17 August 2020
Bendigo and Adelaide Bank enjoys a lot of kudos for being one of Australia’s medium-sized banks that doesn’t invest in fossil fuels. Thousands of Australians have moved to Bendigo Bank as a result of its position on our banks comparison table.
Yet in the (nearly) five years since the signing of the Paris Agreement, the bank had failed to formally support the Agreement’s climate goals, casting doubt over its ability to understand and manage climate risk. Today that changed.
As part of the release of the bank’s full year results, Bendigo made the following Climate Change Policy Statement:
“Bendigo and Adelaide Bank recognises climate change has far-reaching risks for the environment, the economy, society, our customers and their communities. We support the Paris Agreement objectives and the required transition to a low carbon economy. We are committed to playing our part in this transition. We will work to build climate mitigation and adaption into our business and work to assist our customers and their communities to build climate resilience into their futures”.Bendigo and Adelaide Bank FY20 Results Presentation (p.53) and via its website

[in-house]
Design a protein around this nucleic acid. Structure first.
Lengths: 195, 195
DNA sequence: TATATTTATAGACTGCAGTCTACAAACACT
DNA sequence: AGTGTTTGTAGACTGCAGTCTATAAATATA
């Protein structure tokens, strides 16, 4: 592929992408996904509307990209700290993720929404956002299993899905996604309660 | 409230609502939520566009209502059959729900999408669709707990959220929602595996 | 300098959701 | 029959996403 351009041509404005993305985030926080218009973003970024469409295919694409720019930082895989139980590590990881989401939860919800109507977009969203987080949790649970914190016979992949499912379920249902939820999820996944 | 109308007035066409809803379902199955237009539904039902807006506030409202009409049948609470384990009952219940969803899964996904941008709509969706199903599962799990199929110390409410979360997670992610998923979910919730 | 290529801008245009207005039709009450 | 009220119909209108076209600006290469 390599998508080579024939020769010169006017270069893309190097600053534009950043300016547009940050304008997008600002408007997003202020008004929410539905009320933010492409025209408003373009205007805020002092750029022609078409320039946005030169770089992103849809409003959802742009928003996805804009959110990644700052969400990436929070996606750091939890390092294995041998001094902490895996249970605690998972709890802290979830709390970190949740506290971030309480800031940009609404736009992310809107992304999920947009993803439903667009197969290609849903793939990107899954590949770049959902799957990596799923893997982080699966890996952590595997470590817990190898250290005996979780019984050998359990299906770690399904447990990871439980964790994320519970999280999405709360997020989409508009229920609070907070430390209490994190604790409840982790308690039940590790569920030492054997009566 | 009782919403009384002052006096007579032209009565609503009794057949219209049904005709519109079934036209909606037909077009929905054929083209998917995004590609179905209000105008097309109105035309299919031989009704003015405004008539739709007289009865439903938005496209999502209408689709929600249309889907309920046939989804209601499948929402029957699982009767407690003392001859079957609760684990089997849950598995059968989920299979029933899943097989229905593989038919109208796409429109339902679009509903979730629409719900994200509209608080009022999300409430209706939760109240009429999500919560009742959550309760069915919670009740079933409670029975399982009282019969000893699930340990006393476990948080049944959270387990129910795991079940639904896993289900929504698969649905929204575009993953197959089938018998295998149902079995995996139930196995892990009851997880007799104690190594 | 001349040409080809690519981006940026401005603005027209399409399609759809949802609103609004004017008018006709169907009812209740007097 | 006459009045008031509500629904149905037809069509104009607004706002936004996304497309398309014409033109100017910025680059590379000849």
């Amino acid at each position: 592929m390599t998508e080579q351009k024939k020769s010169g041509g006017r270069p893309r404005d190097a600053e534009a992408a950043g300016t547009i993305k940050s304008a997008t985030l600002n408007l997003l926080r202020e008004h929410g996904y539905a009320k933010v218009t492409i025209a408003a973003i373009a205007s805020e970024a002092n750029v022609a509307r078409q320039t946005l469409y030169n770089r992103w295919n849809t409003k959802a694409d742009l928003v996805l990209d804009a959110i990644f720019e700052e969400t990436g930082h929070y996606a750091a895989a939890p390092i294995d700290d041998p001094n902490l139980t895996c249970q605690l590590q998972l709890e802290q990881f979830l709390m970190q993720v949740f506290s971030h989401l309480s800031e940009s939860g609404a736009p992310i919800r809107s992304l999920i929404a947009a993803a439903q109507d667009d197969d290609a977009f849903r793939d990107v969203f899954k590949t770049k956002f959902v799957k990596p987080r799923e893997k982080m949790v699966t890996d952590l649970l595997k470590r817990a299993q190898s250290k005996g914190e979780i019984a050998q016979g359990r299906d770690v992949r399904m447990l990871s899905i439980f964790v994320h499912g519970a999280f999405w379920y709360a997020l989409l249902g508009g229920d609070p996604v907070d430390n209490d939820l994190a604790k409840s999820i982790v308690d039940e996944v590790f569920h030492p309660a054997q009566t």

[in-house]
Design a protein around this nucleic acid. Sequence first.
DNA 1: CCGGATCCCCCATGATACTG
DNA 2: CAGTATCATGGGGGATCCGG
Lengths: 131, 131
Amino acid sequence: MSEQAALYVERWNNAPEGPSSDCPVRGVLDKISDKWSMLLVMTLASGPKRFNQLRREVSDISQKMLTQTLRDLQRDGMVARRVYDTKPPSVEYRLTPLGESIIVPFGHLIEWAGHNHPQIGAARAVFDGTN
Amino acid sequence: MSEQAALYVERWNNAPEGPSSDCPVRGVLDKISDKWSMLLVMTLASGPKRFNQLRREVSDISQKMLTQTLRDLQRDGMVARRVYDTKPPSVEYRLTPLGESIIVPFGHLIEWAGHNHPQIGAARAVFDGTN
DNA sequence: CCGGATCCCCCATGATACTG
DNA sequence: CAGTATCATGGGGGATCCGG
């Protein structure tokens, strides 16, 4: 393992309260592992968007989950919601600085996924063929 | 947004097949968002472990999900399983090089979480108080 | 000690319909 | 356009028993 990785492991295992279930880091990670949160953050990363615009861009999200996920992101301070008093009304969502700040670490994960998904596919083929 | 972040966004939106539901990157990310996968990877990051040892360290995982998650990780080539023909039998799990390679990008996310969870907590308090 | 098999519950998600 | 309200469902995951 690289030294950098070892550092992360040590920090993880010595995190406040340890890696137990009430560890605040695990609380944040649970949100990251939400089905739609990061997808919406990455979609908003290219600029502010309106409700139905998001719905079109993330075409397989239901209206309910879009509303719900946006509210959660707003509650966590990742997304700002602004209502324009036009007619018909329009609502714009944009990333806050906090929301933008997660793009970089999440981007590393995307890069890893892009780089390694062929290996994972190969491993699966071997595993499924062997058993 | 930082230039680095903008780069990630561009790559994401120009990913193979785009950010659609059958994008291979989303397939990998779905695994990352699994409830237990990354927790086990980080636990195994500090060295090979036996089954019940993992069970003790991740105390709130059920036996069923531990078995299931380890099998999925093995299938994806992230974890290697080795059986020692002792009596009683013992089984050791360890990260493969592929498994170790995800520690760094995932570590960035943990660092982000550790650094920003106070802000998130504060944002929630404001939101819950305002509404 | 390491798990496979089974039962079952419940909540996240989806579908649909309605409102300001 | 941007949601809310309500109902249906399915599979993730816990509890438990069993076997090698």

This is a positive and welcome step and brings Bendigo into line with Australia’s big four banks, which all publicly supported the Paris Agreement’s climate goals in late 2015.
Bendigo says that to meet the commitment within its Policy Statement, it has put in place a “three-year Climate Change Action Plan”. The bank says the Plan ‘commenced’ in June 2020, despite apparently only announcing the new climate change policy today.
Bendigo states the Action Plan involves taking the following steps:
Understand and manage the risks: We will optimise our climate change risk governance and risk management framework.
Be transparent: We will disclose our climate-related performanceBendigo and Adelaide Bank, Climate Change Action Plan
Given Bendigo Bank’s significant exposure to the agricultural sector and its commitment to risk management and transparency, shareholders should now reasonably expect the bank to publish scenario analysis on the impacts of climate change on the agricultural sector.
Bendigo claims it has already conducted this analysis but that it has not been made public. The bank’s failure to publish this information is contrary to the recommendations of the Task Force on Climate-related Financial Disclosures (TCFD).